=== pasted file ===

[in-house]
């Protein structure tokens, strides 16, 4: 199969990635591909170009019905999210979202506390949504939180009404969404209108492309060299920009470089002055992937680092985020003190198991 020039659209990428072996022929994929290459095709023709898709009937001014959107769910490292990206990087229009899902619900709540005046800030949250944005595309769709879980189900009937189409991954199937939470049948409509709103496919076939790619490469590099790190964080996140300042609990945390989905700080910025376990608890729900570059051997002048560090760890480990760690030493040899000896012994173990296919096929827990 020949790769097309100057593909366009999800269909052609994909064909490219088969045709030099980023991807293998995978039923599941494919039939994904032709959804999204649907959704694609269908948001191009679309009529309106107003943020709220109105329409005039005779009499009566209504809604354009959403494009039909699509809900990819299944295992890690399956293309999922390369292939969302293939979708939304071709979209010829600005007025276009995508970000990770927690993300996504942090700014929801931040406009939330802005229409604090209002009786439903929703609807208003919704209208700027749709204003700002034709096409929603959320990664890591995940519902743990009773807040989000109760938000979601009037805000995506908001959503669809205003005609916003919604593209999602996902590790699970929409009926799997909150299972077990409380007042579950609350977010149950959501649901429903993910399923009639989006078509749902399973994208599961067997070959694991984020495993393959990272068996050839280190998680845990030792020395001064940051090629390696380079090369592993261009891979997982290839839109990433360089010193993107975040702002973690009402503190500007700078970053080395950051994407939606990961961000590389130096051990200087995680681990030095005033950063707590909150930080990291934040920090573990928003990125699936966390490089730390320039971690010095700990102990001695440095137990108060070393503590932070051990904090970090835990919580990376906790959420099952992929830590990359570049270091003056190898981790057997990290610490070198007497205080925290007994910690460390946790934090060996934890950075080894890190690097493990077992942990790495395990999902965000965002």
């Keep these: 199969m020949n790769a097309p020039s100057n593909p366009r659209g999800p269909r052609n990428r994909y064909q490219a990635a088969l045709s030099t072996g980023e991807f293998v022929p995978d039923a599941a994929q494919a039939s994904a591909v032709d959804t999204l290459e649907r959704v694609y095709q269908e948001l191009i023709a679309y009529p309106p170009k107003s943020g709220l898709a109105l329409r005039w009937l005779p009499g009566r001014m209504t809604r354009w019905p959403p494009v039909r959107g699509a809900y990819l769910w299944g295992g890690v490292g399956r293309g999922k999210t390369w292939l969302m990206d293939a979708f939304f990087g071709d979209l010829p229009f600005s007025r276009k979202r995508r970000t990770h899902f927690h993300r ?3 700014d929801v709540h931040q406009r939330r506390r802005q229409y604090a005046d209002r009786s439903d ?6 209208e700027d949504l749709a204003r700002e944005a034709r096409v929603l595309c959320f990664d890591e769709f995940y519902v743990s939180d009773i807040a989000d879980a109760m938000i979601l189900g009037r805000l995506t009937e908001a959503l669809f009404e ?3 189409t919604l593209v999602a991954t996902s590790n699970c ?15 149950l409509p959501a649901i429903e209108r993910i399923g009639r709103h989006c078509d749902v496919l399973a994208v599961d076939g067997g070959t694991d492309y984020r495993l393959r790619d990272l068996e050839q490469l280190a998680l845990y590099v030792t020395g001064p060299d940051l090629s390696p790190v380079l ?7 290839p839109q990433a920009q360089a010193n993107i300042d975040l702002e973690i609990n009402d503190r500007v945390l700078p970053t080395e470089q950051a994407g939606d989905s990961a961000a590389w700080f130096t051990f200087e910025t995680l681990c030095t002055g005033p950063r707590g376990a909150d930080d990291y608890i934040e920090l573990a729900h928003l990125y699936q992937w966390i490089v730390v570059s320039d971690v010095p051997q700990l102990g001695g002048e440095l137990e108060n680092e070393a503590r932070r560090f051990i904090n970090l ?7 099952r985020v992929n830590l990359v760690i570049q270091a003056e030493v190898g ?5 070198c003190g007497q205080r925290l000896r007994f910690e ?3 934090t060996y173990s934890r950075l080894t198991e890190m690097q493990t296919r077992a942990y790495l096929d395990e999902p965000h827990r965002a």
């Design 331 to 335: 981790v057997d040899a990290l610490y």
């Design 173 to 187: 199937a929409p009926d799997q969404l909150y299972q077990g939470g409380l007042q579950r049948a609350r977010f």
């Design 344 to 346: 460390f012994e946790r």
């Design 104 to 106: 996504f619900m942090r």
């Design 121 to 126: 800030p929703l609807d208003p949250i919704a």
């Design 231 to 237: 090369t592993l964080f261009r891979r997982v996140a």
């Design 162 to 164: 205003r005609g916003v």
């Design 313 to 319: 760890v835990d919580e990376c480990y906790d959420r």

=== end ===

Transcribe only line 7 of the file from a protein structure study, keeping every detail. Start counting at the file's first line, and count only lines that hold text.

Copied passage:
């Design 104 to 106: 996504f619900m942090r």